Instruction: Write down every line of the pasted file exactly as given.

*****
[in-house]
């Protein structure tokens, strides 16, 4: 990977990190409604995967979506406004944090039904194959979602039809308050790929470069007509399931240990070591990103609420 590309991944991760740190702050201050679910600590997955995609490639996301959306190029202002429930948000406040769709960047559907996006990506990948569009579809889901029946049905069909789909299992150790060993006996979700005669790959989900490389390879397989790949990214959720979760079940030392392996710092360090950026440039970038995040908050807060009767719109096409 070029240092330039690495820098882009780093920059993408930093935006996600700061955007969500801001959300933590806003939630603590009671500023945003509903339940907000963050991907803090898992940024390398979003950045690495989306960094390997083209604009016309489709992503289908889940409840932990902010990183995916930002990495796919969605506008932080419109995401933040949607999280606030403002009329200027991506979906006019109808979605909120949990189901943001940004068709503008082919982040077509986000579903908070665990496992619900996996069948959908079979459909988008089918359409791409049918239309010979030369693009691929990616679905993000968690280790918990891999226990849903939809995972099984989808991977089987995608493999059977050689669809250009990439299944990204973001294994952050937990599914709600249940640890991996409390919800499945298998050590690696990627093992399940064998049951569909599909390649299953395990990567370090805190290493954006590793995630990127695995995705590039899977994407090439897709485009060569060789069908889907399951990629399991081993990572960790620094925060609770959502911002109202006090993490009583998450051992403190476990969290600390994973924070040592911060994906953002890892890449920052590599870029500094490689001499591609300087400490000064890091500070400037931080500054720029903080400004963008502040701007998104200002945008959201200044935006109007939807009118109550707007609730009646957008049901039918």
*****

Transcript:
[in-house]
């Protein structure tokens, strides 16, 4: 990977990190409604995967979506406004944090039904194959979602039809308050790929470069007509399931240990070591990103609420 590309991944991760740190702050201050679910600590997955995609490639996301959306190029202002429930948000406040769709960047559907996006990506990948569009579809889901029946049905069909789909299992150790060993006996979700005669790959989900490389390879397989790949990214959720979760079940030392392996710092360090950026440039970038995040908050807060009767719109096409 070029240092330039690495820098882009780093920059993408930093935006996600700061955007969500801001959300933590806003939630603590009671500023945003509903339940907000963050991907803090898992940024390398979003950045690495989306960094390997083209604009016309489709992503289908889940409840932990902010990183995916930002990495796919969605506008932080419109995401933040949607999280606030403002009329200027991506979906006019109808979605909120949990189901943001940004068709503008082919982040077509986000579903908070665990496992619900996996069948959908079979459909988008089918359409791409049918239309010979030369693009691929990616679905993000968690280790918990891999226990849903939809995972099984989808991977089987995608493999059977050689669809250009990439299944990204973001294994952050937990599914709600249940640890991996409390919800499945298998050590690696990627093992399940064998049951569909599909390649299953395990990567370090805190290493954006590793995630990127695995995705590039899977994407090439897709485009060569060789069908889907399951990629399991081993990572960790620094925060609770959502911002109202006090993490009583998450051992403190476990969290600390994973924070040592911060994906953002890892890449920052590599870029500094490689001499591609300087400490000064890091500070400037931080500054720029903080400004963008502040701007998104200002945008959201200044935006109007939807009118109550707007609730009646957008049901039918």